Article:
A nationally-ranked squad from Utah got the team from SoCal revved up.
Sierra Canyon, a tiny school (enrollment 450) from the outskirts of Los Angeles, used a 22-0 run in the second half to pull away from Lone Peak in a 73-45 semifinal win on Monday night at the ‘Iolani Classic.
The Trailblazers will play the La Lumiere (Ind.)-Fairfax (Calif.) winner in tonight’s final.
The team from Chatsworth, Calif. looked every bit the part of a potential Classic champion. Point guard Remy Martin was the spark, driving relentlessly against the Knights’ man-to-man defense for 20 points. He committed just one turnover in a near-flaw performance. Center Cody Riley was their rim protector, finishing with 13 points, 10 rebounds and a block. Ira Lee and Adam Seiko added eight points apiece, and Michael Feinberg was solid and versatile with seven points, five boards and a dime.
Martin’s penetration didn’t have to end with points of his own, but Lone Peak’s man-to-man defense gambled on keeping the ball out of the hands of Sierra Canyon’s big men. Martin capitalized with 6-for-6 shooting from the field and 6-for-7 from the free-throw line. Even during his brief stints on the bench, he was up and advising his teammates.
“I’m a big leader. When I’m off the court, I’m still a leader. I’m still vocal,” Martin said. “The energy is contagious.”
All four of their top scorers on Monday are juniors. Feinberg is a sophomore.
Fred Jackson, a signee with Duke, led the Knights with 12 points, including a couple of treys. Max Benchley also scored 12 and hauled in six rebounds. The Trailblazers made sure Jackson worked extra hard for every inch of space by putting Seiko, their defensive stopper, on him.
“I saw him play (Saturday) and at AAU a couple of times in the summer,” Seiko said. “We watched film of him today. He likes to go right and score or pass it out, so we made sure we didn’t let him pass. Make him a pull-up shooter, and don’t let him get to the line. He’s a good shooter there.”
Jackson shot 5-for-12 from the field and was 2-for-4 from the foul line. He also had two boards, two steals, one assist and one block.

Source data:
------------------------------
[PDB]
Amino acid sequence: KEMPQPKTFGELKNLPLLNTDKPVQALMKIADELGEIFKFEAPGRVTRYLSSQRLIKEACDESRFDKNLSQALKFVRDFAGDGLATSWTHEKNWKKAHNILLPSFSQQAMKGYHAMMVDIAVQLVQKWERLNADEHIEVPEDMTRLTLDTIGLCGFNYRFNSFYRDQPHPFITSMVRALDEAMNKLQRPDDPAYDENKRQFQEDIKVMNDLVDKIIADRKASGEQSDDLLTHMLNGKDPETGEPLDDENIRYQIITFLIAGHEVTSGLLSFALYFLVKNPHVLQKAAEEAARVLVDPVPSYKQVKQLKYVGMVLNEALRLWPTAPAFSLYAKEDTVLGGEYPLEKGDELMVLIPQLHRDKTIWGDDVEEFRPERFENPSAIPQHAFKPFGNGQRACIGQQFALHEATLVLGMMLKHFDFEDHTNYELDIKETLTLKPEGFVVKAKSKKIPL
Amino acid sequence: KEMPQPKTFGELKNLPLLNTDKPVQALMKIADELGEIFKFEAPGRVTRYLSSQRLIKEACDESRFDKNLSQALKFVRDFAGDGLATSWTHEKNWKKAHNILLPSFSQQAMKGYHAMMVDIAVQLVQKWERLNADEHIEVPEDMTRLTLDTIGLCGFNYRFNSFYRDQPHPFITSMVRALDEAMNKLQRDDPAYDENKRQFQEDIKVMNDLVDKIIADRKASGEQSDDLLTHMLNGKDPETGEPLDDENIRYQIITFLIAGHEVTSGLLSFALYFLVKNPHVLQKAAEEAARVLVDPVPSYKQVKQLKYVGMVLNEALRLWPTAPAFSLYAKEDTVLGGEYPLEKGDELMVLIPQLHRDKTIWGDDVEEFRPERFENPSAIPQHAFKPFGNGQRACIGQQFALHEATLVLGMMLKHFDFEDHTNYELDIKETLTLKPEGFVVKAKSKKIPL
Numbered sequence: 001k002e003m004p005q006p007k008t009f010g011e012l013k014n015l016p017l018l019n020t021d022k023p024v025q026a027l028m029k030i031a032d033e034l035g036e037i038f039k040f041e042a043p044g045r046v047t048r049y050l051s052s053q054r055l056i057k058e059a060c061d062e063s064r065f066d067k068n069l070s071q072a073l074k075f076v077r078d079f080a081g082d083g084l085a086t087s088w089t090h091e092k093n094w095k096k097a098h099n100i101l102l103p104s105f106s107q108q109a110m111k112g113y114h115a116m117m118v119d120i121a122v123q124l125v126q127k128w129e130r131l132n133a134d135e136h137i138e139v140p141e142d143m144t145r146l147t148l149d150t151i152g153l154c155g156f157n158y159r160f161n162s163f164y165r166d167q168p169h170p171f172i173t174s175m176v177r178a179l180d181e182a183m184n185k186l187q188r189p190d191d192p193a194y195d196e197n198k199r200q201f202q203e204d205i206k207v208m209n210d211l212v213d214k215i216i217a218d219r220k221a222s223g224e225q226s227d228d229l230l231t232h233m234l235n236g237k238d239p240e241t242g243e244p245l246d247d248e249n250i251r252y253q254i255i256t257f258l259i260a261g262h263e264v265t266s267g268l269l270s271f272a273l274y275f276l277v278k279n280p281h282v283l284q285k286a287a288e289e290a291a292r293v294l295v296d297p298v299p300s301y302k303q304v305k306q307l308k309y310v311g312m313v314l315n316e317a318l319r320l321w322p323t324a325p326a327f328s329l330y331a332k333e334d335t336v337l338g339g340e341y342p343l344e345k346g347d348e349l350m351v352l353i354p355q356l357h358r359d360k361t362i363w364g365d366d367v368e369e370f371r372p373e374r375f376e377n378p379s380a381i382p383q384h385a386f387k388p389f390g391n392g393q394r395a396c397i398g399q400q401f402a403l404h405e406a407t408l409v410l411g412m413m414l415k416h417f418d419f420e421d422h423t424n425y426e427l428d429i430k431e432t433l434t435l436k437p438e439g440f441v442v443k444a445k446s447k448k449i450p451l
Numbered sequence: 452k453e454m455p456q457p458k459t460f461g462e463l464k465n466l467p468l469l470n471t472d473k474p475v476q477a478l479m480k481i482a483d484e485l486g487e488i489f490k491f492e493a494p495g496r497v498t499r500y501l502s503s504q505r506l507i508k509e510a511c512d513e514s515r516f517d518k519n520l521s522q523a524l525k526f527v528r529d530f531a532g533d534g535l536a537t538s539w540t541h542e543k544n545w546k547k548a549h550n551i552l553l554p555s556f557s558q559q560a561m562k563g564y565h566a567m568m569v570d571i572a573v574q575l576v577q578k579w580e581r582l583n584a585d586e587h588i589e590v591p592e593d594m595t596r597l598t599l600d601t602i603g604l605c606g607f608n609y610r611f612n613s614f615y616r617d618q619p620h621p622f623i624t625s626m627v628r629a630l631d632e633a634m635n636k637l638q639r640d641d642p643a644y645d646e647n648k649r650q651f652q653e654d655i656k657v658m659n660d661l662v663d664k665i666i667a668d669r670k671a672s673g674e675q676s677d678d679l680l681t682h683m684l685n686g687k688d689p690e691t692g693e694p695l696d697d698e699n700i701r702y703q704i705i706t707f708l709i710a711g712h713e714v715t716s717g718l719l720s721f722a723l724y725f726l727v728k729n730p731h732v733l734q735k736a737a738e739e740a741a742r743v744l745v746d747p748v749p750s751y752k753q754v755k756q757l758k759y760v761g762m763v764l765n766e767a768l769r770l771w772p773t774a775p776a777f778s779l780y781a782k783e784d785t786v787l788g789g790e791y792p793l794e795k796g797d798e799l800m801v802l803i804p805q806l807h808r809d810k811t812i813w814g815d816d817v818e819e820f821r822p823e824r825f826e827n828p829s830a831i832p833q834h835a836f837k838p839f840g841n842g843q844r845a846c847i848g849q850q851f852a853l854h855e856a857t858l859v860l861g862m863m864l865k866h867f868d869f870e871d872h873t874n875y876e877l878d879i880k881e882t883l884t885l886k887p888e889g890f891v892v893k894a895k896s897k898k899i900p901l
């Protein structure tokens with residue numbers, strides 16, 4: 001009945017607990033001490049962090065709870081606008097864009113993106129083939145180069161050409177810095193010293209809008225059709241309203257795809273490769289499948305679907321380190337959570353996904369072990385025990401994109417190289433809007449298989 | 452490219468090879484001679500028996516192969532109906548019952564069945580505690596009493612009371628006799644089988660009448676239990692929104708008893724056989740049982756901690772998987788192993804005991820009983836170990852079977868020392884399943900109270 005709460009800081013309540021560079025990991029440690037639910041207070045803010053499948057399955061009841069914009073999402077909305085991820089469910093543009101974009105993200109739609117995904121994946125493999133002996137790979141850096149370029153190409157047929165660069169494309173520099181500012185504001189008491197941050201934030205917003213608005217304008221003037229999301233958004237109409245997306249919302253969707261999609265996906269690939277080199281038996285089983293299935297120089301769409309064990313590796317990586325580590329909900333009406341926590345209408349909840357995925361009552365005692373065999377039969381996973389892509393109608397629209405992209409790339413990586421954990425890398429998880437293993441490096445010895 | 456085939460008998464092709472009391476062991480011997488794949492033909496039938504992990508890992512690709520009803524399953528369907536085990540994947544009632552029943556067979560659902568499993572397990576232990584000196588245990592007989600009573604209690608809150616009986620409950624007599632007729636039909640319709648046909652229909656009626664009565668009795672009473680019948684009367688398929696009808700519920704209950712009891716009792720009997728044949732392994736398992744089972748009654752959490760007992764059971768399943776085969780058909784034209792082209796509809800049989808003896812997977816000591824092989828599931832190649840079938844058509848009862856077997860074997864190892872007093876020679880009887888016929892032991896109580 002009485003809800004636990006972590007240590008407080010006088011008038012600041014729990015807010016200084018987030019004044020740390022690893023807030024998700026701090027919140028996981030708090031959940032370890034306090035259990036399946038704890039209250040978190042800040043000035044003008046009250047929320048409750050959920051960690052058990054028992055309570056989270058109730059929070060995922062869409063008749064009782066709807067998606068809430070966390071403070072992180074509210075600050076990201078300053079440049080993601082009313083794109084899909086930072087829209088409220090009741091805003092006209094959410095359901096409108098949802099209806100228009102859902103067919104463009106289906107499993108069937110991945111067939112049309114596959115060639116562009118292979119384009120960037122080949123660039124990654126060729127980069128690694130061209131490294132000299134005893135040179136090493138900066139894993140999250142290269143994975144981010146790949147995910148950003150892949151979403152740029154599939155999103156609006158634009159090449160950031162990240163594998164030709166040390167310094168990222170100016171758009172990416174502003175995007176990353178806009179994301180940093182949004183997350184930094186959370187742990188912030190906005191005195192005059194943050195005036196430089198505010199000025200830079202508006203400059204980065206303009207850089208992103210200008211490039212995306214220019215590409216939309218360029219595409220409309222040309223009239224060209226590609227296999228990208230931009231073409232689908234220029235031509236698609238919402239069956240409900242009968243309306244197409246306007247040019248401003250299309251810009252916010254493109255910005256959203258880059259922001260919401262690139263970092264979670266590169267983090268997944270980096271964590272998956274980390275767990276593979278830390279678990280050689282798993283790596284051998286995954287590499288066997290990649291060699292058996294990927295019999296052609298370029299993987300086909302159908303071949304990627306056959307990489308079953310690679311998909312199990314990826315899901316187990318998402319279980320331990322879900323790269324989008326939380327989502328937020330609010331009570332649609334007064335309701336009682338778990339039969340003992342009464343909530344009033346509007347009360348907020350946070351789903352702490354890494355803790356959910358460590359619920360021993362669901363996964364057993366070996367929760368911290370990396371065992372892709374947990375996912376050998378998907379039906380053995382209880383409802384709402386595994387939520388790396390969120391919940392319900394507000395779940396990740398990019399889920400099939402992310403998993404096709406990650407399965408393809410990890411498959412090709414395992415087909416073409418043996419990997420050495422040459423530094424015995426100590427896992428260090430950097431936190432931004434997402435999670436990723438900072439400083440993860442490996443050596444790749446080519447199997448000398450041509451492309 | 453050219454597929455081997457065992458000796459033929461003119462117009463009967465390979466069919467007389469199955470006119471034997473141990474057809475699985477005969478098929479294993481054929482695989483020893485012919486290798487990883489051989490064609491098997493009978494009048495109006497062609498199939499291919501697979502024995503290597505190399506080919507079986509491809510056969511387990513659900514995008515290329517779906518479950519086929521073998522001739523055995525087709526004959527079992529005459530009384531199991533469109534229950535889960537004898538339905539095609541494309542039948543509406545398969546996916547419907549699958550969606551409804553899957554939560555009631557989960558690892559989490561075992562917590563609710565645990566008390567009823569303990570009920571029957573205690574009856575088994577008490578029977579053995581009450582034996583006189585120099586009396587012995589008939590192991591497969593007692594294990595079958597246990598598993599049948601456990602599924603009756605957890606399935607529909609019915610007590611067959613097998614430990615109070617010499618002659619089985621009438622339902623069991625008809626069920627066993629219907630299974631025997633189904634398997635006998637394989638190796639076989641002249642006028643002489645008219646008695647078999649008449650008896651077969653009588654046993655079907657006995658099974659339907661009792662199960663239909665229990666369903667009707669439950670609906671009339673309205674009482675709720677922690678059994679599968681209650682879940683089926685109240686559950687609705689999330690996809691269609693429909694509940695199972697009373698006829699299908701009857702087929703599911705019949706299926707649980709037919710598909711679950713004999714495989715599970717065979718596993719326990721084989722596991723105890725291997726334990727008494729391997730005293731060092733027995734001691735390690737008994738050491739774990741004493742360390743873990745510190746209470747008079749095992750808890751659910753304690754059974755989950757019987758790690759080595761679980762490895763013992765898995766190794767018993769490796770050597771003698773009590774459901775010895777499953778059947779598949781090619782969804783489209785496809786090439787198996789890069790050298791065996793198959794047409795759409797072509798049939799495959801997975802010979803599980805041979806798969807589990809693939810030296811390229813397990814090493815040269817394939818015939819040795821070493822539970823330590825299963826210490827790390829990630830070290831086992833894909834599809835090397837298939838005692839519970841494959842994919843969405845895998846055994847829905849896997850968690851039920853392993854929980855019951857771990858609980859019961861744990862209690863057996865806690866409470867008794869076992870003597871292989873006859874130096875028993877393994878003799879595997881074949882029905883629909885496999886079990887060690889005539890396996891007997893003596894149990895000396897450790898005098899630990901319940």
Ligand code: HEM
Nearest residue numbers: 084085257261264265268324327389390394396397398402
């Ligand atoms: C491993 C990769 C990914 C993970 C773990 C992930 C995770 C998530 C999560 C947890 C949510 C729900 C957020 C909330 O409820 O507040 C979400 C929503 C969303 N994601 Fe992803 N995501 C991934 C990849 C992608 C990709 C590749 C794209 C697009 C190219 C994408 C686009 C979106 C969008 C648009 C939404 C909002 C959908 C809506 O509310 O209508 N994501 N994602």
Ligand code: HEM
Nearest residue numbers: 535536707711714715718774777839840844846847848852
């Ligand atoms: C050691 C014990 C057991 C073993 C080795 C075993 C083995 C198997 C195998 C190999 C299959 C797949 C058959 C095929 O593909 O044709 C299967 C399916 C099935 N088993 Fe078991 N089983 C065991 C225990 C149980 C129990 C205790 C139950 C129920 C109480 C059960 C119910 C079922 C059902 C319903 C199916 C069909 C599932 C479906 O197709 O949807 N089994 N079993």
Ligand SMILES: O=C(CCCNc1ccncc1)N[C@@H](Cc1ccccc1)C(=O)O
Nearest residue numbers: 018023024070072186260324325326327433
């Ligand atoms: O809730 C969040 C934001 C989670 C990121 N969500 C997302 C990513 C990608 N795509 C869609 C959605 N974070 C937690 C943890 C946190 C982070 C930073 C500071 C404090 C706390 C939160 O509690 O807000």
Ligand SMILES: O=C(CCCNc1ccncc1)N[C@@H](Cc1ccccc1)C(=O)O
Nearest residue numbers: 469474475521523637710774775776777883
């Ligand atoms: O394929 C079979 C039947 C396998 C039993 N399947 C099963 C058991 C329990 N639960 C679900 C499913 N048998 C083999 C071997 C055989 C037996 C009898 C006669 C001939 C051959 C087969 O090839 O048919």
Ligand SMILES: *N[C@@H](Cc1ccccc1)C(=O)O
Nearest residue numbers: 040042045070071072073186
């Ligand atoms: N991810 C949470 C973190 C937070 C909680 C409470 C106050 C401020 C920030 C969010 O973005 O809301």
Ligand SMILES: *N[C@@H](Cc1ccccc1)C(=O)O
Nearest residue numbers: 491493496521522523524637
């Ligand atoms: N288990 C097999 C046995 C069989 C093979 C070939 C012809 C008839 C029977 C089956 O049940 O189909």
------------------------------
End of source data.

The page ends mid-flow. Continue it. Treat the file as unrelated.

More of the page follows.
“Whatever coach tells me to do, I’ll do. I don’t care about what I have to do as long as we win,” Seiko added.
Lone Peak shot 6-for-24 from deep (25 percent) against a rugged man defense that was willing to be physical. Riley, a 6-foot-7, 250-pound force, enjoys his role.
“I feel like my guys are working and my job is to protect the rim. We rise to the level of our competition. We hard about how Lone Peak is ranked in the Top 25. We were amped up and ready to go,” he said.
The Trailblazers were at full blast from the start. Riley scored on an and-1, alley-oop dunk mere seconds into the game, and after Martin turned a steal into a reverse layup and Lee scored on a pull-up bank shot, it was 7-0.
“We shot the ball really well,” Trailblazers coach Ty Nichols said. “We just got on a run. But we knew they are a very good shooting team.”
Sierra Canyon’s aggressive man-to-man defense stifled Lone Peak’s offense. The Knights had five turnovers in the first quarter while the Blazers kept rolling. Frank Jackson banked in a wing 3 to help the Knights, but Martin kept attacking Lone Peak’s man defense. He scored four of his team’s six points to close the quarter. The Blazers led 25-9 entering the second quarter.
Along the way, Nichols was assessed a technical foul after storming onto the court when Riley went up for a dunk and collided with Jackson. There was no call.
“How do you not protect an All-American basketball player,” Nichols said. “I drew that technical on purpose. I had to do my job.”
The lead grew to 33-10 after Martin scored on a fastbreak bucket and again on a steal and and-1 layup. Dealing with some foul trouble, Nichols had his reserves flowing into the game long before then, and as the Blazers went cold the rest of the first half, the Knights for three points each from Max Benchley and Jackson to cut the lead to 38-24 going into the half.
Lone Peak cut the lead to 44-35, which is when the Trailblazers answered with a 22-0 run to put the game virtually out of reach.
Now the team from SoCal has a shot at its first ‘Iolani Classic title.
“We’re at a good place,” Martin said. “We’re playing really hard and we’re playing together.”